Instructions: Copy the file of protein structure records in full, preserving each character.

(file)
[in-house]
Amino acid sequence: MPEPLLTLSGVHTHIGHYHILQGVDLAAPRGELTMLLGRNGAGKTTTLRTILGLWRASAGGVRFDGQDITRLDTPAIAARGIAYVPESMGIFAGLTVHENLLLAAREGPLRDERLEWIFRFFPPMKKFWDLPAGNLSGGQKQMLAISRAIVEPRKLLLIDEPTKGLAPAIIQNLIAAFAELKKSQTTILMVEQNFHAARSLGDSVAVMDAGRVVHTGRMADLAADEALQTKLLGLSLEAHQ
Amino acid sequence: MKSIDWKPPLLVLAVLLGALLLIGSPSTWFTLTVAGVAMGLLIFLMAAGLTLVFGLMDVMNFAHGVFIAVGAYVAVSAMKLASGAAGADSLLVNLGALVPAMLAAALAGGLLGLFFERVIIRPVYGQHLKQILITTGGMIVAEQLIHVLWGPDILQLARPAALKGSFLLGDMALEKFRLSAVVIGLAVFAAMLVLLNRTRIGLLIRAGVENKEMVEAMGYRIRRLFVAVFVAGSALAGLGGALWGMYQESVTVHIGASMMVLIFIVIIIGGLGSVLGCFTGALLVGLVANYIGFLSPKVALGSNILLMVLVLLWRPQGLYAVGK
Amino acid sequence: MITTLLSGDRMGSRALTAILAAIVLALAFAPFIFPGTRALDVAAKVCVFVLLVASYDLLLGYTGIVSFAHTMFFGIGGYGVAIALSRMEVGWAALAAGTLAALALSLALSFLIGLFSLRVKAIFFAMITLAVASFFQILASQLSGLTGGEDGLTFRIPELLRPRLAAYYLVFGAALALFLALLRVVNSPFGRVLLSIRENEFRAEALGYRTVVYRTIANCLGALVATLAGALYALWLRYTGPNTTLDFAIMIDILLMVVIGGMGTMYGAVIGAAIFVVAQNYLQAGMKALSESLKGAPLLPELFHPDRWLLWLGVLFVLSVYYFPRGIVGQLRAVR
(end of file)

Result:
[in-house]
Amino acid sequence: MPEPLLTLSGVHTHIGHYHILQGVDLAAPRGELTMLLGRNGAGKTTTLRTILGLWRASAGGVRFDGQDITRLDTPAIAARGIAYVPESMGIFAGLTVHENLLLAAREGPLRDERLEWIFRFFPPMKKFWDLPAGNLSGGQKQMLAISRAIVEPRKLLLIDEPTKGLAPAIIQNLIAAFAELKKSQTTILMVEQNFHAARSLGDSVAVMDAGRVVHTGRMADLAADEALQTKLLGLSLEAHQ
Amino acid sequence: MKSIDWKPPLLVLAVLLGALLLIGSPSTWFTLTVAGVAMGLLIFLMAAGLTLVFGLMDVMNFAHGVFIAVGAYVAVSAMKLASGAAGADSLLVNLGALVPAMLAAALAGGLLGLFFERVIIRPVYGQHLKQILITTGGMIVAEQLIHVLWGPDILQLARPAALKGSFLLGDMALEKFRLSAVVIGLAVFAAMLVLLNRTRIGLLIRAGVENKEMVEAMGYRIRRLFVAVFVAGSALAGLGGALWGMYQESVTVHIGASMMVLIFIVIIIGGLGSVLGCFTGALLVGLVANYIGFLSPKVALGSNILLMVLVLLWRPQGLYAVGK
Amino acid sequence: MITTLLSGDRMGSRALTAILAAIVLALAFAPFIFPGTRALDVAAKVCVFVLLVASYDLLLGYTGIVSFAHTMFFGIGGYGVAIALSRMEVGWAALAAGTLAALALSLALSFLIGLFSLRVKAIFFAMITLAVASFFQILASQLSGLTGGEDGLTFRIPELLRPRLAAYYLVFGAALALFLALLRVVNSPFGRVLLSIRENEFRAEALGYRTVVYRTIANCLGALVATLAGALYALWLRYTGPNTTLDFAIMIDILLMVVIGGMGTMYGAVIGAAIFVVAQNYLQAGMKALSESLKGAPLLPELFHPDRWLLWLGVLFVLSVYYFPRGIVGQLRAVR